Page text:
The photo -- Dan's last arrest -- was taken Good Friday, 2 April 2011, at the USS intrepid, the floating war museum moored on the Hudson River.
HT: Jim Forest

Saturday, December 31, 2016

Pax



“I may be wrong about Pax, but keep feeling that through good poems and pictures, peace can travel.”
— Robert Lax to Thomas Merton, 1953

[The image above is from the third issue of Lax's broadsheet Pax, which he published sporadically from 1958 - 1962, adding three new issues in 1985. HT: Michael McGregor]

Wednesday, December 28, 2016

Merton and the counterculture

"Jerusalem" by Thomas Merton
Merton to beat poet/publisher Lawrence Ferlinghetti, 8/61:
“Someday I want to talk to you about effective protest as distinct from a simple display of sensitivity and goodwill. I think we have to examine the question of genuine and deep spiritual non-cooperation, non-participation, and resistance. … [Just] standing up and saying with sincerity, candor, and youthful abandon “I am against it” has the following bad effects: a) it perpetuates an illusion of free thought and free discussion, which is actually very useful to those who have long since stifled all genuine freedom in this regard, b) it flatters the [establishment] by giving them something they can contrast themselves with, to their own complacent advantage.”
Merton to Nicaraguan poet Napoleon Chow, 5/63:
“It also seems to me that the protest of the beatniks, while having a certain sincerity, is largely a delusion. … Yet this much can be said for them: their very formlessness may perhaps be something that is in their favor. It may perhaps enable them to reject most of the false solutions and deride the “square” propositions of the decadent liberalism around them. It may perhaps prepare them to go in the right directions. I think the beats have contributed much to the peace movement in the US, in their own way, and they are quite committed to the only serious revolutionary movement we have: that of rights for the Negro.”

HT: Gordon Oyer

Friday, December 16, 2016

What's Wrong with Mindfulness


"Spiritual practice is the antithesis of the “means to an end” thinking that characterizes our usual secular point of view. The radical benefit of meditation as a spiritual practice is that it offers a way to step off the treadmill of asking questions like How am I doing? Am I there yet? Am I getting better or worse? It is an alternative to a world in which everything is a technique that can be done well or badly." 
Barry and Bob Rosenbaum, editors of What’s Wrong With Mindfulness, are interviewed by Sam Mowe about their book's major themes.

Monday, November 14, 2016

Titles


Titles
By Leonard Cohen
I had the title poet. And maybe I was one for a while. 
Also, the title singer was kindly accorded me
even though I could barely carry a tune.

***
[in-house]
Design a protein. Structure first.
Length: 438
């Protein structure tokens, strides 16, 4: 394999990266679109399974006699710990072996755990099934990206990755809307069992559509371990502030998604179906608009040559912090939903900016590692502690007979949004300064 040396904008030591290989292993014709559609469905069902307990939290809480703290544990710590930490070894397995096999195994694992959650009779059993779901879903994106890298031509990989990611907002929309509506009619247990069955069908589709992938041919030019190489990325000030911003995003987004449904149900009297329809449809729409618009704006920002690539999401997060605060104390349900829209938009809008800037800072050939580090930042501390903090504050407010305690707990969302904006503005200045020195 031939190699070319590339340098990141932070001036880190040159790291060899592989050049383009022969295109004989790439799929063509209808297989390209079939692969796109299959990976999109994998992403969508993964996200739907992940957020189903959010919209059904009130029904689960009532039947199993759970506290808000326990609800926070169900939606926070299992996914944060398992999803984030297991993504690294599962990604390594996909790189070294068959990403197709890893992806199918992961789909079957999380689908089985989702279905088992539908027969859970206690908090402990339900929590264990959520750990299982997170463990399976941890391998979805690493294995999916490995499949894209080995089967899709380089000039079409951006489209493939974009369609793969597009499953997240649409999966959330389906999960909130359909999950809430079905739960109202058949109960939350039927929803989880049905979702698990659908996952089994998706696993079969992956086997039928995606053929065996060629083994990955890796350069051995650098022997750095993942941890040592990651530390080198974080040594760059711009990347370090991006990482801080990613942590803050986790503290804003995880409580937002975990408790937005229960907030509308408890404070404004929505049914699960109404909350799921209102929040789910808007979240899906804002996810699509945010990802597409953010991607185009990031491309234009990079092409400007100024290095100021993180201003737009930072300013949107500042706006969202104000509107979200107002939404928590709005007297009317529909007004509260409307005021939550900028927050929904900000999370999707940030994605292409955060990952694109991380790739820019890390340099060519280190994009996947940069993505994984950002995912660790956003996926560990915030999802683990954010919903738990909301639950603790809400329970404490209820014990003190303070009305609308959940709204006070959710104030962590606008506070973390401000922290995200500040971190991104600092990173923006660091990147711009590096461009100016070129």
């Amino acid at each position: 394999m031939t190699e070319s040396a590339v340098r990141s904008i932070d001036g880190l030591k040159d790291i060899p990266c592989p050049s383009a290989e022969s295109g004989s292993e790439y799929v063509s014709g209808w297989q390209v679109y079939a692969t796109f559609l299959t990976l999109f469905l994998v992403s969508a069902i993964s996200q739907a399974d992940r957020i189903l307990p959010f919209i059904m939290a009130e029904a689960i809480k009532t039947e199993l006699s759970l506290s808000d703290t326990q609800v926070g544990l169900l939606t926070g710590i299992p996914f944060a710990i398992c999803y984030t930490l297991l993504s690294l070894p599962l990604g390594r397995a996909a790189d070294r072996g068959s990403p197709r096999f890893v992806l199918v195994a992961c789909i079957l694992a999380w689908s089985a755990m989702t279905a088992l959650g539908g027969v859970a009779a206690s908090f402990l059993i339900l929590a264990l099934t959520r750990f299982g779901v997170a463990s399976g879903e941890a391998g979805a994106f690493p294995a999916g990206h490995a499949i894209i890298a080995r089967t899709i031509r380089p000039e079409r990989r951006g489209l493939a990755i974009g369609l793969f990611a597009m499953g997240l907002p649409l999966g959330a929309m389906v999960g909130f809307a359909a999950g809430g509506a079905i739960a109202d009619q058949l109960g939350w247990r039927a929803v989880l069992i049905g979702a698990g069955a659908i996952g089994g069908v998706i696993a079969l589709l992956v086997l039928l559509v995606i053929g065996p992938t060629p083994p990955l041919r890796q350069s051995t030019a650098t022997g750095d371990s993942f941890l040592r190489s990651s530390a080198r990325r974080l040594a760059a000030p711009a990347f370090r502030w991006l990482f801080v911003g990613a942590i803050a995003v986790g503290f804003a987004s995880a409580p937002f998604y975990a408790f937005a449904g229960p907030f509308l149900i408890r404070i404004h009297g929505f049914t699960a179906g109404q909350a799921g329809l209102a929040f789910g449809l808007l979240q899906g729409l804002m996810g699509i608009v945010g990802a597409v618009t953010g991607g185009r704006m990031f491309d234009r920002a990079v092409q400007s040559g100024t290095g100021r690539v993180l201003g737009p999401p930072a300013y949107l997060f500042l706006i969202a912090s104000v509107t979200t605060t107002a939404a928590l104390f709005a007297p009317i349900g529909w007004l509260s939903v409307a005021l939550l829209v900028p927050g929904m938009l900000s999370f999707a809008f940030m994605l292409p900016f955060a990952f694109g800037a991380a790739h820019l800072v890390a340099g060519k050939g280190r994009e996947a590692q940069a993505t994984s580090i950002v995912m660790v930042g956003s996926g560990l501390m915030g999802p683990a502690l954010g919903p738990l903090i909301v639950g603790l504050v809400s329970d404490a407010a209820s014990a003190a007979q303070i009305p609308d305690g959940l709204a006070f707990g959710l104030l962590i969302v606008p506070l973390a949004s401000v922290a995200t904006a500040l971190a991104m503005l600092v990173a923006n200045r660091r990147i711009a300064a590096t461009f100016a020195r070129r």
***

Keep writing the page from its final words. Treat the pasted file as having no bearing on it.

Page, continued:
For many years, I was known as a monk.
I shaved my head and wore robes and got up very early.
I hated everyone. But I acted generously. And no one found me out.
My reputation as a ladies' man was a joke.
It caused me to laugh bitterly through the 10,000 nights I spent alone.
From a third-story window above the Parc du Portugal,
I've watched the snow come down all day.
As usual, there's no one here. There never is.
Mercifully, the inner conversation is canceled by the white noise of winter.
I am neither the mind, the intellect nor the silent voice within.
That's also canceled.
And now, gentle reader, in what name - in whose name -
do you come to idle with me
in this luxurious and dwindling realms of aimless privacy?
-- Book of Longing (2006)
hear him read it midway in this interview:
http://www.npr.org/templates/story/story.php?storyId=5422403
* * *

Sunday, November 13, 2016

The Time of Praise

Venus Transit by  Carlos Gotay

The Time of Praise: 
“Le Temps Vierge” of Eternity

“You have given me roots in eternity.” 
(Thomas Merton, Entering the Silence, page 473)

Praises and canticles anticipate
Each day the singing bells that wake the sun.
Open the secret eye of faith
And drink these deeps of invisible life.

(Thomas Merton, “After the night Office: Gethsemani Abbey, Collected Poems, page 108)

“I have only time for eternity”.

(Thomas Merton, Entering the Silence, page 234)

33rd Sunday of Ordinary Time

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Saturday, October 29, 2016

Holiness is visible

Leaves and Blossoms Along the Way: A Poem
by Mary Oliver

If you're John Muir you want trees to
live among. If you're Emily, a garden
will do.
Try to find the right place for yourself.
If you can't find it, at least dream of it. 
When one is alone and lonely, the body
gladly lingers in the wind or the rain,
or splashes into the cold river, or
pushes through the ice-crusted snow. 
Anything that touches. 
God, or the gods, are invisible, quite
understandable. But holiness is visible,
entirely. 
Some words will never leave God's mouth,
no matter how hard you listen. 
In all the works of Beethoven, you will
not find a single lie.
All important ideas must include the trees,
the mountains, and the rivers. 
To understand many things you must reach out
of your own condition. 
For how many years did I wander slowly
through the forest. What wonder and
glory I would have missed had I ever been
in a hurry!
Beauty can both shout and whisper, and still
it explains nothing. 
The point is, you're you, and that's for keeps.

This poem is excerpted with permission from Mary Oliver's latest collection of poetry, Felicity, published by Penguin Press in October, 2015.